LUBBER: So let me first say I have got something on my colleague - Adam Colton who’s on the other end of the line - and that is, Adam, we now have two out of three of these who are from Massachusetts, my home town. So it says something. But moving on from where they hail from, I think Ernest Moniz above all else understands that climate change is the problem of our time; that we must deal with and we must mitigate now sooner rather than later. And I think everything else he considers falls under that umbrella. Now we of course share that. We've got to address climate change. The Department of Energy has a very clear role in doing it, as does EPA, frankly as does Interior, so I think Ernest Moniz frames everything within “we’ve got to mitigate the problem of climate change” and then you work down from there. He's a strong supporter, an avid supporter, of energy efficiency, of solar energy, and of wind energy. He does believe that natural gas should be a bridge fuel, and it may very well be the reality we're facing. But I don't think he believes we should have natural gas without dealing with the environmental problems of contamination from fracking or emissions from flaring. I think he knows those things have to be regulated. As it relates to nuclear power, where you started this question, he does believe in nuclear power. I, a bit less so. But I don't think he believes in nuclear power at all costs. I think he believes in starting with renewables and efficiency and that's where it has to begin.

CURWOOD: What does it say that 2 out of 3 of these nominees have been in a number two or number three position in the agencies or departments that they’re now taking over? Mindy?


NWF’s Adam Kolton (photo: Adam Kolton)


Ceres President Mindy Lubber (photo: CERES)

LUBBER: Well, it shows that in the second term of an administration, the real heavy hitters aren't taking these jobs. I couldn't disagree with that more. Knowing how to make progress in getting things done in Washington take some experience in Washington. That's not to say I’d like to see people who have lived their life there and had their careers entirely Washington-based. And Ernie Moniz had both Washington experience and academic experience; Gina McCarthy much experience at the state and even the local level. But you need people who can hit the ground running, who you could give a problem to understand how to move a massive agency. EPA is 18,000 people. How do you bring people together? How you make something happen? And I think there's actually nobody better to do that than people who have been in that number two or number three role and who have had to produce in the past. It takes a long time for a new person in Washington to figure out the rules of the game. And when it comes to climate change we don't have any time to waste.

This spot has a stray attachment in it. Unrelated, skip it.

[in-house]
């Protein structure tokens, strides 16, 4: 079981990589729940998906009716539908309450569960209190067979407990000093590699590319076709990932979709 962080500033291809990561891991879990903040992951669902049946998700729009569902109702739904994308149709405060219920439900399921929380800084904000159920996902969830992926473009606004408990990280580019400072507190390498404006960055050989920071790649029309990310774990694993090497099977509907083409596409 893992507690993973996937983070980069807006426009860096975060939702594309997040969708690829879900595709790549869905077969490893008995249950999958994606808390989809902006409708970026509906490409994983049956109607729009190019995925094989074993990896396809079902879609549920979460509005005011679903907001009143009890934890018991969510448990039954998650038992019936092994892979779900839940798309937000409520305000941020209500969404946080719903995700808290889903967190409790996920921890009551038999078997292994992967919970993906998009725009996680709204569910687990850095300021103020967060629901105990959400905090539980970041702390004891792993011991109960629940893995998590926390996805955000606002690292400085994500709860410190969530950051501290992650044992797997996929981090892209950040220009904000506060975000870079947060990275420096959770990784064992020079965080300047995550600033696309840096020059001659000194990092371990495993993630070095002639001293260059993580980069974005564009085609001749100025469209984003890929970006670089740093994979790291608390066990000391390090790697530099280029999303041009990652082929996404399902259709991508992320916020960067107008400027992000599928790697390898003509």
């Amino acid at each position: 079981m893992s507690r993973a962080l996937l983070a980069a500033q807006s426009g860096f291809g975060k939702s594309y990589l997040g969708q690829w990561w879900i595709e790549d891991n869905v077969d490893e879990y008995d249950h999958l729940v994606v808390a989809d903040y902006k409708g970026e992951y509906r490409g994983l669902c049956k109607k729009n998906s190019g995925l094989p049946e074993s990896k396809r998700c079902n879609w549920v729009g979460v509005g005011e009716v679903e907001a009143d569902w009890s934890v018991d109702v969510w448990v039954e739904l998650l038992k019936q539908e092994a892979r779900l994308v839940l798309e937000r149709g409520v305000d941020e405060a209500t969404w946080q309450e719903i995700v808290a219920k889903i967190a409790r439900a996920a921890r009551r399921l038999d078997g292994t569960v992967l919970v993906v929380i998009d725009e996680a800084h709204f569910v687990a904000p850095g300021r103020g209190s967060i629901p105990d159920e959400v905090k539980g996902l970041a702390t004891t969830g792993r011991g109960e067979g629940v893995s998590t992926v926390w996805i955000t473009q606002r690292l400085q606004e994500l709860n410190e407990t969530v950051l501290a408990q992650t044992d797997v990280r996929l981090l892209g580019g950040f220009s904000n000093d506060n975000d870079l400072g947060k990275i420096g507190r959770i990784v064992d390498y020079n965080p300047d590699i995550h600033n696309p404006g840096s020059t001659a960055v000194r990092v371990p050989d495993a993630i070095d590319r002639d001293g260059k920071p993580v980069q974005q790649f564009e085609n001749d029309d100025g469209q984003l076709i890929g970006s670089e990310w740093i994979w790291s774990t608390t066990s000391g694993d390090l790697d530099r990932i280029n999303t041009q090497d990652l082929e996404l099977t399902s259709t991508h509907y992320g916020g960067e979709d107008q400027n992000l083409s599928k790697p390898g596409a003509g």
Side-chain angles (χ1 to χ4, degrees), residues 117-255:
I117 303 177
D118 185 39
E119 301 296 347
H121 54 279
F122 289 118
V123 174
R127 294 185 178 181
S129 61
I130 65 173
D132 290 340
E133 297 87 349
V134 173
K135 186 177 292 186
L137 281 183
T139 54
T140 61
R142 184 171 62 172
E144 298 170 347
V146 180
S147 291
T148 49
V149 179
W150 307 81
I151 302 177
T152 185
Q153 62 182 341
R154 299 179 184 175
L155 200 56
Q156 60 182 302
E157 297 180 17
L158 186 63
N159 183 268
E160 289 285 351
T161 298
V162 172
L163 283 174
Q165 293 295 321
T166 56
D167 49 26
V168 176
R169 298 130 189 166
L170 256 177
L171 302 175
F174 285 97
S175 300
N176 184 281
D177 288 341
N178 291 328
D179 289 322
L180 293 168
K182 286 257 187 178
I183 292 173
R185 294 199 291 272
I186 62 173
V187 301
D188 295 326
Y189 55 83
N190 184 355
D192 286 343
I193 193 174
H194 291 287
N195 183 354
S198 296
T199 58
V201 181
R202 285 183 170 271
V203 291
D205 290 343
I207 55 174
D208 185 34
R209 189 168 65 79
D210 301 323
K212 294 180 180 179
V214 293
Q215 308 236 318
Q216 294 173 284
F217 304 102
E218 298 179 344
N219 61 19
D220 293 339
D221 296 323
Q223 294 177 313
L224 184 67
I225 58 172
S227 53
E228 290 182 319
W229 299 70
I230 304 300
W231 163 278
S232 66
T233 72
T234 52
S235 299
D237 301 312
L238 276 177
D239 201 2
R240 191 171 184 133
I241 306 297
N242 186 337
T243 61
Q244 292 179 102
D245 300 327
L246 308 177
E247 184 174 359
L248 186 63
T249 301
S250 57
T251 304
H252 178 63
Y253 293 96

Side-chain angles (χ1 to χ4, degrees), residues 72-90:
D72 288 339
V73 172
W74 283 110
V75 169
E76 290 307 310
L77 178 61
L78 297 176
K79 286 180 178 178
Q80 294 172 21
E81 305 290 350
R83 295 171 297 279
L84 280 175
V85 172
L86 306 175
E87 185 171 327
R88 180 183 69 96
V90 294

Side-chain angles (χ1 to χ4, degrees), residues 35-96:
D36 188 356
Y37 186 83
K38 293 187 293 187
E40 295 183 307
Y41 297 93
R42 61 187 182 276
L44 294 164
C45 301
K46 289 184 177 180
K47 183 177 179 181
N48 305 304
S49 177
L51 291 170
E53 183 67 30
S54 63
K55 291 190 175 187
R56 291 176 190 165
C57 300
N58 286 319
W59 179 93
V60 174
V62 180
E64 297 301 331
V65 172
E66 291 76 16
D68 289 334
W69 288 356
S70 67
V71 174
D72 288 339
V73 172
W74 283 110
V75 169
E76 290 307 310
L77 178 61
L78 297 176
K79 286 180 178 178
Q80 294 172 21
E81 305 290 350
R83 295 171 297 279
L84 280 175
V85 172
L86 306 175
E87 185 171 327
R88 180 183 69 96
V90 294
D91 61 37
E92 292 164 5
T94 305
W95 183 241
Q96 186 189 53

CURWOOD: So Adam, what do you think here? What kind of team do these appointments add up to? How quick do you think the President is going to be to take on climate change and the other environmental issues during his second term with these folks leading his green team?

KOLTON: Well, we’re optimistic because there’s a lot of work to do. And the President has said some really farsighted things about his determination to address climate change, and that is in the wake of Superstorm Sandy. More and more Americans have woken up to this as a problem. We can’t hit the snooze button on any longer. This is the team to help the President advance that agenda. We can’t waste a minute. And we’re looking forward to a smooth confirmation so we can start moving forward.

CURWOOD: Adam Kolton is the Director of Advocacy at the National Wildlife Federation. Mindy Lubber is President of CERES. Thank you both for joining us.

LUBBER: Thank you, Steve, good to be here.

KOLTON: Thanks, Steve.

 

Links

CERES website

National Wildlife Federation

Ernest Moniz faculty page at MIT

Gina McCarthy’s webpage at EPA

http://www.whitehouse.gov/blog/2013/02/06/president-obama-names-sally-jewell-lead-department-interior

 

Living on Earth wants to hear from you!

P.O. Box 990007
Prudential Station
Boston, MA, USA 02199
Telephone: 1-617-287-4121
E-mail: comments@loe.org

Donate to Living on Earth!
Living on Earth is an independent media program and relies entirely on contributions from listeners and institutions supporting public service. Please donate now to preserve an independent environmental voice.

Newsletter
Living on Earth offers a weekly delivery of the show's rundown to your mailbox. Sign up for our newsletter today!

Major funding for Living on Earth is provided by the National Science Foundation.

Committed to healthy food, healthy people, a healthy planet, and healthy business.

Innovating to make the world a better, more sustainable place to live.

Kendeda Fund, furthering the values that contribute to a healthy planet.

The Grantham Foundation for the Protection of the Environment: Committed to protecting and improving the health of the global environment.

Contribute to Living on Earth and receive, as our gift to you, an archival print of one of Mark Seth Lender's extraordinary hummingbird photographs. Follow the link to see Mark's current collection of photographs.